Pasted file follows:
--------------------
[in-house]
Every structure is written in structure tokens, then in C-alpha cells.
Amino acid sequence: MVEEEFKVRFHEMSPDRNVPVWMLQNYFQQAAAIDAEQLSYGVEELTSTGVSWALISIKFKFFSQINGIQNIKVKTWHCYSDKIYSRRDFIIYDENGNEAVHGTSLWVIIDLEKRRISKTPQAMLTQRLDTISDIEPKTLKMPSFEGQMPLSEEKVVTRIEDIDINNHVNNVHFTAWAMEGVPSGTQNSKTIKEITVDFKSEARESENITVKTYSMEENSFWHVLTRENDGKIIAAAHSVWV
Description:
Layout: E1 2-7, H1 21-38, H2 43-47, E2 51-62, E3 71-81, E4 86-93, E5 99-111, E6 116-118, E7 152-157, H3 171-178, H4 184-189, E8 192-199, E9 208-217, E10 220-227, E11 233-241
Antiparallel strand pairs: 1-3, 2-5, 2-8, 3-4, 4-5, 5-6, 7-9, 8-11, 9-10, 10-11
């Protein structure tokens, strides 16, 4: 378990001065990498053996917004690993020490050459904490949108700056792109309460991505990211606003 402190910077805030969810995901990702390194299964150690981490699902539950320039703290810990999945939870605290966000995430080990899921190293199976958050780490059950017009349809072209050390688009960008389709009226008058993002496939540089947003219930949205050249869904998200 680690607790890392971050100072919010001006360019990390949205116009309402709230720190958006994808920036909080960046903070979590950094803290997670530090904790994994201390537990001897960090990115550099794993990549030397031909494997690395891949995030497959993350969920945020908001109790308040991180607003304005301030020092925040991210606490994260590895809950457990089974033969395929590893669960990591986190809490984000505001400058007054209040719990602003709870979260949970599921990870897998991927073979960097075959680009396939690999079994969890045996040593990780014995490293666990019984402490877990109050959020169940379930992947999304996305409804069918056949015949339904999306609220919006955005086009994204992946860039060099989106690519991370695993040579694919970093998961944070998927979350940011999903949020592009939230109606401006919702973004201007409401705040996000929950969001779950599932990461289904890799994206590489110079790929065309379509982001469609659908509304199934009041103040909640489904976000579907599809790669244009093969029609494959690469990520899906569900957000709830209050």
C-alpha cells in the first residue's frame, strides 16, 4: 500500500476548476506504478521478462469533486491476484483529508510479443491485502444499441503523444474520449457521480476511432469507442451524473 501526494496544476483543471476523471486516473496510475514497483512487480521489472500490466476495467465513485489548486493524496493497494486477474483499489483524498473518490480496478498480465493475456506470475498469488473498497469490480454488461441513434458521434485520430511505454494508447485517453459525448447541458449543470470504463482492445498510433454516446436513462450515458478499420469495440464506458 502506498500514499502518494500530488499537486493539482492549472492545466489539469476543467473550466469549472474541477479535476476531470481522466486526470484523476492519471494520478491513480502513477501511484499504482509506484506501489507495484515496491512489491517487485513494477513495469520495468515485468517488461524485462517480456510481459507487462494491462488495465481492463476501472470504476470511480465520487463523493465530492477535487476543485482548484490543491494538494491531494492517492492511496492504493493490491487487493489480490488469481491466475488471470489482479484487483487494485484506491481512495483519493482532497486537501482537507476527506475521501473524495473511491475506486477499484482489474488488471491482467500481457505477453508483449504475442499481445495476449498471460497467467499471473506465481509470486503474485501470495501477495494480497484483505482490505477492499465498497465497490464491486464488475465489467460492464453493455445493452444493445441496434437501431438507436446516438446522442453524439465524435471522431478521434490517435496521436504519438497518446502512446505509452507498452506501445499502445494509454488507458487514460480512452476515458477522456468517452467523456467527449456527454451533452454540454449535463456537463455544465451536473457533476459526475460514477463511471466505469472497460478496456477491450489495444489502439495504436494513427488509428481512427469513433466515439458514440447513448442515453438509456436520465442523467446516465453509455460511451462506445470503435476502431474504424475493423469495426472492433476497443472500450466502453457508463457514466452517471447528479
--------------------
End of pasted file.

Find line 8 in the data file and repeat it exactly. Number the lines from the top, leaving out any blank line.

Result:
C-alpha cells in the first residue's frame, strides 16, 4: 500500500476548476506504478521478462469533486491476484483529508510479443491485502444499441503523444474520449457521480476511432469507442451524473 501526494496544476483543471476523471486516473496510475514497483512487480521489472500490466476495467465513485489548486493524496493497494486477474483499489483524498473518490480496478498480465493475456506470475498469488473498497469490480454488461441513434458521434485520430511505454494508447485517453459525448447541458449543470470504463482492445498510433454516446436513462450515458478499420469495440464506458 502506498500514499502518494500530488499537486493539482492549472492545466489539469476543467473550466469549472474541477479535476476531470481522466486526470484523476492519471494520478491513480502513477501511484499504482509506484506501489507495484515496491512489491517487485513494477513495469520495468515485468517488461524485462517480456510481459507487462494491462488495465481492463476501472470504476470511480465520487463523493465530492477535487476543485482548484490543491494538494491531494492517492492511496492504493493490491487487493489480490488469481491466475488471470489482479484487483487494485484506491481512495483519493482532497486537501482537507476527506475521501473524495473511491475506486477499484482489474488488471491482467500481457505477453508483449504475442499481445495476449498471460497467467499471473506465481509470486503474485501470495501477495494480497484483505482490505477492499465498497465497490464491486464488475465489467460492464453493455445493452444493445441496434437501431438507436446516438446522442453524439465524435471522431478521434490517435496521436504519438497518446502512446505509452507498452506501445499502445494509454488507458487514460480512452476515458477522456468517452467523456467527449456527454451533452454540454449535463456537463455544465451536473457533476459526475460514477463511471466505469472497460478496456477491450489495444489502439495504436494513427488509428481512427469513433466515439458514440447513448442515453438509456436520465442523467446516465453509455460511451462506445470503435476502431474504424475493423469495426472492433476497443472500450466502453457508463457514466452517471447528479